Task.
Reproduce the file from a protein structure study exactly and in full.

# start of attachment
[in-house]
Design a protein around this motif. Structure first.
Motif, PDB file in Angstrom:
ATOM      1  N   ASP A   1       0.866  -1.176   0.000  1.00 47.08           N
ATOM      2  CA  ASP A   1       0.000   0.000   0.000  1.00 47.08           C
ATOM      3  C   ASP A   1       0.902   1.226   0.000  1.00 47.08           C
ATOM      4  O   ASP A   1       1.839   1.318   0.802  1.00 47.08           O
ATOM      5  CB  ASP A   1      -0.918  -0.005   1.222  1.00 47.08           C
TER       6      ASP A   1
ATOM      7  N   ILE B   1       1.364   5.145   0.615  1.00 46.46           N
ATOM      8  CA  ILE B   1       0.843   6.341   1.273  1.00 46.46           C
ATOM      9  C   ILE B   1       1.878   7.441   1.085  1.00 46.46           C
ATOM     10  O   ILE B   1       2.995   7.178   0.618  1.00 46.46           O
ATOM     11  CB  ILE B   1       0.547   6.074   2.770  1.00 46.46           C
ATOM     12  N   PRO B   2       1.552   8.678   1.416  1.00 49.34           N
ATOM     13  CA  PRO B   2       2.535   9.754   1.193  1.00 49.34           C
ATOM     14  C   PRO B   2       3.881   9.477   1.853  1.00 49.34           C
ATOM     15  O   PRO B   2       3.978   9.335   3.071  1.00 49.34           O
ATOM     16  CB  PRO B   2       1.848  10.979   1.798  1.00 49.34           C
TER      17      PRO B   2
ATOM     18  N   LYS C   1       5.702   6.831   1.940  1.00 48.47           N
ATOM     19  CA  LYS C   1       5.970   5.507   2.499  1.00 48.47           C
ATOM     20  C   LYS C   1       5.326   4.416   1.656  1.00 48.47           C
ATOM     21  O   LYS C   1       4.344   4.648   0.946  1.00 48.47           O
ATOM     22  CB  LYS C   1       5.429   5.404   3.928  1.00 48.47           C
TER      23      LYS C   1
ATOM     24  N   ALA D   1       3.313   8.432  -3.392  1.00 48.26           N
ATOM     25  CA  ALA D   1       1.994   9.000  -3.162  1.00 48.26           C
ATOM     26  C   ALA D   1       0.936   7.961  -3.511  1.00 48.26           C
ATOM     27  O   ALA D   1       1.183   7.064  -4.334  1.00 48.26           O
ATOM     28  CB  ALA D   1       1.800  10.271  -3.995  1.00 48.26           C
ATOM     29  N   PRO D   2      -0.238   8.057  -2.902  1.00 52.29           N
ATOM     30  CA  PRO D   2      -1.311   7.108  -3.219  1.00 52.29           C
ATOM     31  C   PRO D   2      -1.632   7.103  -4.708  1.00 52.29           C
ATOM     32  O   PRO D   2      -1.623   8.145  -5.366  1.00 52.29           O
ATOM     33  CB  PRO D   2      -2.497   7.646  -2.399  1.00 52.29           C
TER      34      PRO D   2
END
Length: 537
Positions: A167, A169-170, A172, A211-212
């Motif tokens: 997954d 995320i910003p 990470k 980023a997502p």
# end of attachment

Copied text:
[in-house]
Design a protein around this motif. Structure first.
Motif, PDB file in Angstrom:
ATOM      1  N   ASP A   1       0.866  -1.176   0.000  1.00 47.08           N
ATOM      2  CA  ASP A   1       0.000   0.000   0.000  1.00 47.08           C
ATOM      3  C   ASP A   1       0.902   1.226   0.000  1.00 47.08           C
ATOM      4  O   ASP A   1       1.839   1.318   0.802  1.00 47.08           O
ATOM      5  CB  ASP A   1      -0.918  -0.005   1.222  1.00 47.08           C
TER       6      ASP A   1
ATOM      7  N   ILE B   1       1.364   5.145   0.615  1.00 46.46           N
ATOM      8  CA  ILE B   1       0.843   6.341   1.273  1.00 46.46           C
ATOM      9  C   ILE B   1       1.878   7.441   1.085  1.00 46.46           C
ATOM     10  O   ILE B   1       2.995   7.178   0.618  1.00 46.46           O
ATOM     11  CB  ILE B   1       0.547   6.074   2.770  1.00 46.46           C
ATOM     12  N   PRO B   2       1.552   8.678   1.416  1.00 49.34           N
ATOM     13  CA  PRO B   2       2.535   9.754   1.193  1.00 49.34           C
ATOM     14  C   PRO B   2       3.881   9.477   1.853  1.00 49.34           C
ATOM     15  O   PRO B   2       3.978   9.335   3.071  1.00 49.34           O
ATOM     16  CB  PRO B   2       1.848  10.979   1.798  1.00 49.34           C
TER      17      PRO B   2
ATOM     18  N   LYS C   1       5.702   6.831   1.940  1.00 48.47           N
ATOM     19  CA  LYS C   1       5.970   5.507   2.499  1.00 48.47           C
ATOM     20  C   LYS C   1       5.326   4.416   1.656  1.00 48.47           C
ATOM     21  O   LYS C   1       4.344   4.648   0.946  1.00 48.47           O
ATOM     22  CB  LYS C   1       5.429   5.404   3.928  1.00 48.47           C
TER      23      LYS C   1
ATOM     24  N   ALA D   1       3.313   8.432  -3.392  1.00 48.26           N
ATOM     25  CA  ALA D   1       1.994   9.000  -3.162  1.00 48.26           C
ATOM     26  C   ALA D   1       0.936   7.961  -3.511  1.00 48.26           C
ATOM     27  O   ALA D   1       1.183   7.064  -4.334  1.00 48.26           O
ATOM     28  CB  ALA D   1       1.800  10.271  -3.995  1.00 48.26           C
ATOM     29  N   PRO D   2      -0.238   8.057  -2.902  1.00 52.29           N
ATOM     30  CA  PRO D   2      -1.311   7.108  -3.219  1.00 52.29           C
ATOM     31  C   PRO D   2      -1.632   7.103  -4.708  1.00 52.29           C
ATOM     32  O   PRO D   2      -1.623   8.145  -5.366  1.00 52.29           O
ATOM     33  CB  PRO D   2      -2.497   7.646  -2.399  1.00 52.29           C
TER      34      PRO D   2
END
Length: 537
Positions: A167, A169-170, A172, A211-212
């Motif tokens: 997954d 995320i910003p 990470k 980023a997502p």